Researchers from the School of Informatics and Computing at Indiana University-Purdue University Indianapolis are developing information technology that may help chronic heart failure patients have greater access to their person health data. The goal is to enable quick and preventative action to protect those suffering with chronic heart failure.
The technology project, dubbed Power to the Patient, is the effort of a team led by Richard J. Holden, an assistant professor of health informatics in the School of Informatics and Computing at Indiana University-Purdue University Indianapolis. Just recently, the Agency for Healthcare Research and Quality awarded Holden $293,786 to conduct the 18-month project.
Patients with chronic heart failure often receive an implantable electronic device that delivers cardiac resynchronization therapy along with other interventions. The device also collects data on cardiac function and device activity. It is the intent of Power to the Patient to use that data to improve self-care by delivering personalized health information to the patient immediately.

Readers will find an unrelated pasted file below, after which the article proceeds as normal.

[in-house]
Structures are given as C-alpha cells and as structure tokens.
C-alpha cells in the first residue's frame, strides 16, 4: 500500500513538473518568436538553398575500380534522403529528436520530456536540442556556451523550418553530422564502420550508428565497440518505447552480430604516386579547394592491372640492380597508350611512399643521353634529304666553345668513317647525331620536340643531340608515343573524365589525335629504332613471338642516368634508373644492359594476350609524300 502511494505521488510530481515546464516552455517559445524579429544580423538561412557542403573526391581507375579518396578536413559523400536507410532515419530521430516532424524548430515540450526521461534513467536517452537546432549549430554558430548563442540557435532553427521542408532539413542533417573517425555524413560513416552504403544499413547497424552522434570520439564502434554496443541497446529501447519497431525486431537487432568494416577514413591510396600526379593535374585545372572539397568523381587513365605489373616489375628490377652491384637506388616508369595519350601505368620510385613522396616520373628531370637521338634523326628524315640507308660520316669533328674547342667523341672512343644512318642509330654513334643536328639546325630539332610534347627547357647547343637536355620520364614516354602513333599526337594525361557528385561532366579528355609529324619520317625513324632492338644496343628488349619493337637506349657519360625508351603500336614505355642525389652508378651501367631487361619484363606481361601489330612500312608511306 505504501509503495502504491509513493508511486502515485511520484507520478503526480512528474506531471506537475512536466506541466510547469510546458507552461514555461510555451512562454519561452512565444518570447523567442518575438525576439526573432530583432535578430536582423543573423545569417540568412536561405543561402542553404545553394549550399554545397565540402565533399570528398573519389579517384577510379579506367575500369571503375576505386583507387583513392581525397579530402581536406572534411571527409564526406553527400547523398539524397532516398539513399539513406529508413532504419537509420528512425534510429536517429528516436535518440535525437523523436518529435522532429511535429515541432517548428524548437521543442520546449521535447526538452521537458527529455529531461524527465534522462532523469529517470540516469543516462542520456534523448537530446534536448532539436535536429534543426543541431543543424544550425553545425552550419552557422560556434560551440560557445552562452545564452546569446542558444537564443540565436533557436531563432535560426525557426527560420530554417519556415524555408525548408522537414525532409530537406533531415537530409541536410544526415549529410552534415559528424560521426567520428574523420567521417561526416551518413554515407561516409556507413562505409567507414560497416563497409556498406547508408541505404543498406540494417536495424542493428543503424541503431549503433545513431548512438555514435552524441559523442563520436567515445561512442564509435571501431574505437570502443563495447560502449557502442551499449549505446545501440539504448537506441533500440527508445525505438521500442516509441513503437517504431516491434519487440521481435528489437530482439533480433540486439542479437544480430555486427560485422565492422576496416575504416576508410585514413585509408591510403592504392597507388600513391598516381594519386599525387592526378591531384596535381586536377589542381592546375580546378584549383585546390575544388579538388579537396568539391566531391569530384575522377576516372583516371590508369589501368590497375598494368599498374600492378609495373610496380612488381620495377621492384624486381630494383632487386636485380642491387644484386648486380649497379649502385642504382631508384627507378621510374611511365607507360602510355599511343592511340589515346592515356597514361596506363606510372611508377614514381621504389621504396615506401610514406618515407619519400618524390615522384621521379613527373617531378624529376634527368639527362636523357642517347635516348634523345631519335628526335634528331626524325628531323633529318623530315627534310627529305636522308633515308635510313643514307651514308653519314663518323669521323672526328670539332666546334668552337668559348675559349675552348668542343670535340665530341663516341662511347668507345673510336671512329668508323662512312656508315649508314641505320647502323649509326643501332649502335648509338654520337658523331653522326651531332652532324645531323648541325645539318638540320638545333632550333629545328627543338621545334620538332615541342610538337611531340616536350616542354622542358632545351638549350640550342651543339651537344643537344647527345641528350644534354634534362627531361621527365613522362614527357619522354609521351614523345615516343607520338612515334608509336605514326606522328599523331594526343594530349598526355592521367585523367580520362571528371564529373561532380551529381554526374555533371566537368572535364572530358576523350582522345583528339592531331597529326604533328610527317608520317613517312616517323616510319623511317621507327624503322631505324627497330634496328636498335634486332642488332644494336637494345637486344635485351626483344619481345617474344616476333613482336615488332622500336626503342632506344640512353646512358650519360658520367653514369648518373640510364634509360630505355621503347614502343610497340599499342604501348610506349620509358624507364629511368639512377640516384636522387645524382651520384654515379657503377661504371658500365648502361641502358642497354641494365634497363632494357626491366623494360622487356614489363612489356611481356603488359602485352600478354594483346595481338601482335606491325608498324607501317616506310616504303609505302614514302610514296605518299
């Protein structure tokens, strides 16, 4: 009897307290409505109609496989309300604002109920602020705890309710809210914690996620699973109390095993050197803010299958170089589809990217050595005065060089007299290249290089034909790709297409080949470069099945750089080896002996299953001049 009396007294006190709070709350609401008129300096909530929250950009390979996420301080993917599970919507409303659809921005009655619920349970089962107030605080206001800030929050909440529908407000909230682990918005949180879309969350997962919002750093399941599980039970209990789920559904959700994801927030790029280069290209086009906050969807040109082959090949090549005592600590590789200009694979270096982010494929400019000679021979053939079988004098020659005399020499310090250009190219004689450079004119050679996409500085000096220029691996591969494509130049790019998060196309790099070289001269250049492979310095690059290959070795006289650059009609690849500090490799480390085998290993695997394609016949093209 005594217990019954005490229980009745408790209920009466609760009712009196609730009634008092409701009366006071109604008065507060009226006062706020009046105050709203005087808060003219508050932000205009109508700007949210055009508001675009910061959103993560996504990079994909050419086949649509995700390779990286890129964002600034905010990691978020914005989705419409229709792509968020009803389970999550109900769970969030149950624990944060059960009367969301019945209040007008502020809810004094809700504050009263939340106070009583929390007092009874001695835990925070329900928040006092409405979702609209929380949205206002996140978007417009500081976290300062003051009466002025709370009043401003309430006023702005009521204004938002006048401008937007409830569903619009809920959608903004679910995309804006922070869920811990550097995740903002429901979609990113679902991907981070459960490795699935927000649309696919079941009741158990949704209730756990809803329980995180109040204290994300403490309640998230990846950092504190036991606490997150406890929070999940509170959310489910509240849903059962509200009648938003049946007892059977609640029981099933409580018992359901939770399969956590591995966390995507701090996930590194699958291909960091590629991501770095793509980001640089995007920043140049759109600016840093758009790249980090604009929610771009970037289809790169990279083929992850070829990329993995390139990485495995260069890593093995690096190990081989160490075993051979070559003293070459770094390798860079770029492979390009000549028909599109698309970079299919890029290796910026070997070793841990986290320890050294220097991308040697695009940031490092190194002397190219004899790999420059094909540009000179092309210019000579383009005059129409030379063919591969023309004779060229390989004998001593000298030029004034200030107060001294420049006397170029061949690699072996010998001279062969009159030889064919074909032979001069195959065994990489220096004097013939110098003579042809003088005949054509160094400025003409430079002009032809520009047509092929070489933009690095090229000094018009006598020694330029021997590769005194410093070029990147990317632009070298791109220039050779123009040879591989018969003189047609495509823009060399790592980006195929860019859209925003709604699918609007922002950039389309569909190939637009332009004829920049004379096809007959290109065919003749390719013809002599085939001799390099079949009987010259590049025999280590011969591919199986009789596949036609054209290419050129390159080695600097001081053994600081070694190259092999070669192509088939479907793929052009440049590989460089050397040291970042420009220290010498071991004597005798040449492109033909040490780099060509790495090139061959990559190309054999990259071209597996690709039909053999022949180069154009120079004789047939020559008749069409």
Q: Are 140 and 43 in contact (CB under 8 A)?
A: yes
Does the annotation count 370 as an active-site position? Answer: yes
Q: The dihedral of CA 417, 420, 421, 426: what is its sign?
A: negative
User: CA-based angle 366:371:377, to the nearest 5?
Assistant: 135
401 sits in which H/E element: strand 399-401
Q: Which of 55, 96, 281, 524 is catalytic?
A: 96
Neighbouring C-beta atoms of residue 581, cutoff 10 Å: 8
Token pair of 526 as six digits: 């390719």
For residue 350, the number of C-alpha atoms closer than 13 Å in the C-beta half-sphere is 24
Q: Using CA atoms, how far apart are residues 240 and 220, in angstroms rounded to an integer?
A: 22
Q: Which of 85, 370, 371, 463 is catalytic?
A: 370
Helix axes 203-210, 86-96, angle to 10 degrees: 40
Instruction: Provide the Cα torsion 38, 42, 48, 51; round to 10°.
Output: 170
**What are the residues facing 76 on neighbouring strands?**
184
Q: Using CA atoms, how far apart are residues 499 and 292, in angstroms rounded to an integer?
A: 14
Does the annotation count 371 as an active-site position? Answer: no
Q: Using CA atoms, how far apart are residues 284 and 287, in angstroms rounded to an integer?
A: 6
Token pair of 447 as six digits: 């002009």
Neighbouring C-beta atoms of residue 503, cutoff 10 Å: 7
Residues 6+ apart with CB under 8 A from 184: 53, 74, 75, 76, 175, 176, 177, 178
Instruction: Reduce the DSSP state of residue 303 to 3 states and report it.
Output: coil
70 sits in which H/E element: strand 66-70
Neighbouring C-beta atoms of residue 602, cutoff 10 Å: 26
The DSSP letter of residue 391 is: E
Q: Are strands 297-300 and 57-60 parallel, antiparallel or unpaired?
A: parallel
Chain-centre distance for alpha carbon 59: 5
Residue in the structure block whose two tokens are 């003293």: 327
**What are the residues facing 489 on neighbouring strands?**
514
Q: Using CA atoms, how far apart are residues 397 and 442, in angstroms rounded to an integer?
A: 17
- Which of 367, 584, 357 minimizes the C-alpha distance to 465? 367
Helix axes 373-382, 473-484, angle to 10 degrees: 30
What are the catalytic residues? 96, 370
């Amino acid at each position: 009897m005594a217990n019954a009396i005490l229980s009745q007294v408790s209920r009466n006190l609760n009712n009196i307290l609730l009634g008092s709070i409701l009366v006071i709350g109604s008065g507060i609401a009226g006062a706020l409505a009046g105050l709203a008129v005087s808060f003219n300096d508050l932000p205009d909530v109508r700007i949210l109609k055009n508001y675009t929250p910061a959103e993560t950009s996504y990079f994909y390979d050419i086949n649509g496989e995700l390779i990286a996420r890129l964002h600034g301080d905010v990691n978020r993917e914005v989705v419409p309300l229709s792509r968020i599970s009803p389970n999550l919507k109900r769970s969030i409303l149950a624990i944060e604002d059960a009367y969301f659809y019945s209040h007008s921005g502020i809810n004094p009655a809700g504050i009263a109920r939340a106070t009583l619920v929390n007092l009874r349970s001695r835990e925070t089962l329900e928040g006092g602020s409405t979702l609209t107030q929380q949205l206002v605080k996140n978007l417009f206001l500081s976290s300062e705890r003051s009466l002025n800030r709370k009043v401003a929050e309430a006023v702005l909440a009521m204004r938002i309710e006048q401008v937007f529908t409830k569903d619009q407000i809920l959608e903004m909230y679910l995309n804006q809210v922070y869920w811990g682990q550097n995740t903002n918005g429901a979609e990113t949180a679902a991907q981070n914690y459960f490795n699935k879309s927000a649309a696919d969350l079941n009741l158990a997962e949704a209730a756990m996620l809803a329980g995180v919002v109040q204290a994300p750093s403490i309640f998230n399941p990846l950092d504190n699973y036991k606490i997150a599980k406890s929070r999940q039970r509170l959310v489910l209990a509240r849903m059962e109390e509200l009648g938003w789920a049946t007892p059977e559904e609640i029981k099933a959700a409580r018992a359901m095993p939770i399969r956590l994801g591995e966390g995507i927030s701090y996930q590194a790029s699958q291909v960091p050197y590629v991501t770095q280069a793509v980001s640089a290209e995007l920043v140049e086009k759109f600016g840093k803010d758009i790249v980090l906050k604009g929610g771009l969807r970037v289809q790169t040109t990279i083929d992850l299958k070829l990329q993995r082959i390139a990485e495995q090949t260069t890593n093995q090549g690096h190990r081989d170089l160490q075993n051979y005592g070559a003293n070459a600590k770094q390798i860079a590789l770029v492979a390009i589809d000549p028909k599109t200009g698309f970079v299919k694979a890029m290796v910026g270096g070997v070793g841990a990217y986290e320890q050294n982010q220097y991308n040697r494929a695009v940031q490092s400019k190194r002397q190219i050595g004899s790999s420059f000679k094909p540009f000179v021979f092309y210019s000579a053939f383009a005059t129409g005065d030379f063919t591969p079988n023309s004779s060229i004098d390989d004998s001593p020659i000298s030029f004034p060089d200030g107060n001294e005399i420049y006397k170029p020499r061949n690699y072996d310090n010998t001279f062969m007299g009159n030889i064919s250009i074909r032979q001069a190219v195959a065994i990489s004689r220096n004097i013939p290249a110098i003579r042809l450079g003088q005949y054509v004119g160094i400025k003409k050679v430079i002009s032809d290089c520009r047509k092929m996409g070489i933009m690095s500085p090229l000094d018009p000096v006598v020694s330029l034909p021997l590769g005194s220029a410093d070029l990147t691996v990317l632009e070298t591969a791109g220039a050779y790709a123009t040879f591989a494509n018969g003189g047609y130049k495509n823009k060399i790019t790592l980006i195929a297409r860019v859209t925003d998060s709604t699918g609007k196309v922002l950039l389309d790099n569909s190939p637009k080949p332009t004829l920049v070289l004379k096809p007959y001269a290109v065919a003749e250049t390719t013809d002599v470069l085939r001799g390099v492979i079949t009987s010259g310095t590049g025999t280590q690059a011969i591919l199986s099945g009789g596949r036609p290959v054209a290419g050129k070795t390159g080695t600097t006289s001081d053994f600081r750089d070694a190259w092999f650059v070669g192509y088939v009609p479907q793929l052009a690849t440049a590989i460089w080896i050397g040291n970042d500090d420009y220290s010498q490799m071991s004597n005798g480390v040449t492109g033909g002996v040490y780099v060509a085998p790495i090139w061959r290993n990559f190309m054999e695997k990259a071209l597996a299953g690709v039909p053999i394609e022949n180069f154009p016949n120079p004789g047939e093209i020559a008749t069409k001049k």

Currently, data from the electronic devices are transmitted to a collection point on a secure server and then made available to clinical staff for review. Patients eventually either receive a form letter saying all is well or are asked to visit the clinic for follow-up, according to Holden.
The Power to the Patient system will process data from the implantable devices alongside patient-reported information entered via a simple user interface, he said. It will then transmit reports and recommendations directly to the patient through a variety of user interface channels, such as an online patient portal or a wrist-worn smartwatch.~MD